Chlidren who smoke cannabis are up to five times more likely to progress to harder drugs than those who delay experimenting with marijuana until they are older, a study has found.

Chlidren who smoke cannabis are up to five times more likely to progress to harder drugs than those who delay experimenting with marijuana until they are older, a study has found.

Those who started before the age of 17 were between 2.1 and 5.2 times more likely to develop problems with drinking or drug addiction, according to a study of twins.

The findings, published in the Journal of the American Medical Association, lend weight to the "gateway" hypothesis that suggestsmarijuana use leads young people on to harder drugs. But an editorialsaid this did not mean that all young people who tried marijuana would become heroin or cocaine addicts.

Researchers studied 311 pairs of twins of the same sex, where only one twin had used cannabis before 17. Twins share the same background and family experiences and identical twins share the same genetic risk.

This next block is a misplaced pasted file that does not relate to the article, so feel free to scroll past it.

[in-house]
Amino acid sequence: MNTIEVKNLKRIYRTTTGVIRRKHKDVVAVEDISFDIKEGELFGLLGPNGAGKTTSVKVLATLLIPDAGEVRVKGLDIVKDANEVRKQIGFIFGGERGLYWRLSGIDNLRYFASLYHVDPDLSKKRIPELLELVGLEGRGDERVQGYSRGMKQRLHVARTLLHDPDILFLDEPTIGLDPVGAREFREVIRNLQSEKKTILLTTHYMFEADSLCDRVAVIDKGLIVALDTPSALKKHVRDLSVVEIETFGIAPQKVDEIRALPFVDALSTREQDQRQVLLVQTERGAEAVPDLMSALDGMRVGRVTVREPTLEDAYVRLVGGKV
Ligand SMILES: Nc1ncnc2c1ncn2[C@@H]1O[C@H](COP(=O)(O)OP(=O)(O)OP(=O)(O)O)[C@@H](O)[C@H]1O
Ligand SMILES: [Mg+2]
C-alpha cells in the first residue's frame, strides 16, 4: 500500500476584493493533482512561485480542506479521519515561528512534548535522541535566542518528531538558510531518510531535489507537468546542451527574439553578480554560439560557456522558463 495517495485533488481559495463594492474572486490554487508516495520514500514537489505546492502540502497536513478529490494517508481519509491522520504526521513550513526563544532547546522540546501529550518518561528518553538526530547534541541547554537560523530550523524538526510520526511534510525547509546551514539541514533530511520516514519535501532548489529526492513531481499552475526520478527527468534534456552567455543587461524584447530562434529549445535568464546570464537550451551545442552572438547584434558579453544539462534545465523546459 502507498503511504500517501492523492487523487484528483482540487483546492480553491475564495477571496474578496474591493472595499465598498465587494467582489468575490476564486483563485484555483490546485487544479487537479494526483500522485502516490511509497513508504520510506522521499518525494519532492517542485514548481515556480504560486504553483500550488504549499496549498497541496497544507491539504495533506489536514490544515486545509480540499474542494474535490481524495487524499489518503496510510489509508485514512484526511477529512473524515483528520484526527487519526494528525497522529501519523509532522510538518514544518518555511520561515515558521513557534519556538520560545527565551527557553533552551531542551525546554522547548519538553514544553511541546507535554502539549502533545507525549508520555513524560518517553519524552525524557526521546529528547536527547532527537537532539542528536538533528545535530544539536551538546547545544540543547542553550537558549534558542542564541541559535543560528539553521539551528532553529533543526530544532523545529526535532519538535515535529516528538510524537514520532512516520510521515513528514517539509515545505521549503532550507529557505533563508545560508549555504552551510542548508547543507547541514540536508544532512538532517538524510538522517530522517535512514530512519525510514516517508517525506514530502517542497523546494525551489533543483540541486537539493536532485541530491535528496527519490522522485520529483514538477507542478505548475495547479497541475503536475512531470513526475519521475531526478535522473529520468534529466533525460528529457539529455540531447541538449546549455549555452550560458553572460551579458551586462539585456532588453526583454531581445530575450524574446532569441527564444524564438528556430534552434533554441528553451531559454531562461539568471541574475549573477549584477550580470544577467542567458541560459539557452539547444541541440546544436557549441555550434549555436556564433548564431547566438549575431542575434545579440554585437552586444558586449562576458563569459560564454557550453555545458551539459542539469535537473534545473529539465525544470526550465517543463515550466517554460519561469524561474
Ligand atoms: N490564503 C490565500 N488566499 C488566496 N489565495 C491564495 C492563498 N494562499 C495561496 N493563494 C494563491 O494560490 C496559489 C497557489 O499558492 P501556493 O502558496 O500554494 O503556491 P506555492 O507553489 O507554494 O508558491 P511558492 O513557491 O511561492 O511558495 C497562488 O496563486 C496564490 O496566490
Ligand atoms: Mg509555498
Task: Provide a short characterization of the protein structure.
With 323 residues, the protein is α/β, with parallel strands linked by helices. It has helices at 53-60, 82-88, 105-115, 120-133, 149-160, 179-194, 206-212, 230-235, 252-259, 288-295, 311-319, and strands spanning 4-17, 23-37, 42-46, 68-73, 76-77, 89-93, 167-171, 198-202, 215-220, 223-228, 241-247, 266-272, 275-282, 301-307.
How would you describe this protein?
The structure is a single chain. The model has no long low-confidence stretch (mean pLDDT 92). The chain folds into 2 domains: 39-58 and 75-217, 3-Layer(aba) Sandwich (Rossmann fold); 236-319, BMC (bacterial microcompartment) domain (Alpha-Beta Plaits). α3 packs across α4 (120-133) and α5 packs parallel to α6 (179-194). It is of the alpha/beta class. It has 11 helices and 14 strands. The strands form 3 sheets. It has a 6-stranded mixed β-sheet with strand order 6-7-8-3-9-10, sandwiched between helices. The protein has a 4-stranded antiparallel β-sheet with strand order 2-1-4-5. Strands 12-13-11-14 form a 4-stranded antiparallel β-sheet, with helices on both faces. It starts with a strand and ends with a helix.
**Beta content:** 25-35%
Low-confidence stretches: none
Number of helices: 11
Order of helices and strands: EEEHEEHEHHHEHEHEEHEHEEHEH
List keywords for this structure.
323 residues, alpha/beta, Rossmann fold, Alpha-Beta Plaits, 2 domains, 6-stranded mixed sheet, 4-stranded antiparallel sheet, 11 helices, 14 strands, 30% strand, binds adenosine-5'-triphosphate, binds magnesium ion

The study was conducted in Australia between 1996 and 2000, when the twins were aged 30 on average. The researchers took into account known risk factors such as early drinking or smoking (of tobacco), divorce, sex abuse or depression, and found they had little effect on the results. There was also no difference between fraternal and identical twins.

The authors said the findings show drug use cannot be solely determined by genetic and/or shared environmental factors. Peer pressure and the social context in which cannabis use occurs may also be factors. "In particular, early access to the use of cannabis may reduce perceived barriers against the use of other illegal drugs and provide access to these drugs," they said.

In a commentary on the findings, Denise Kandel of Columbia University said curbing marijuana use should prevent abuse of other drugs.

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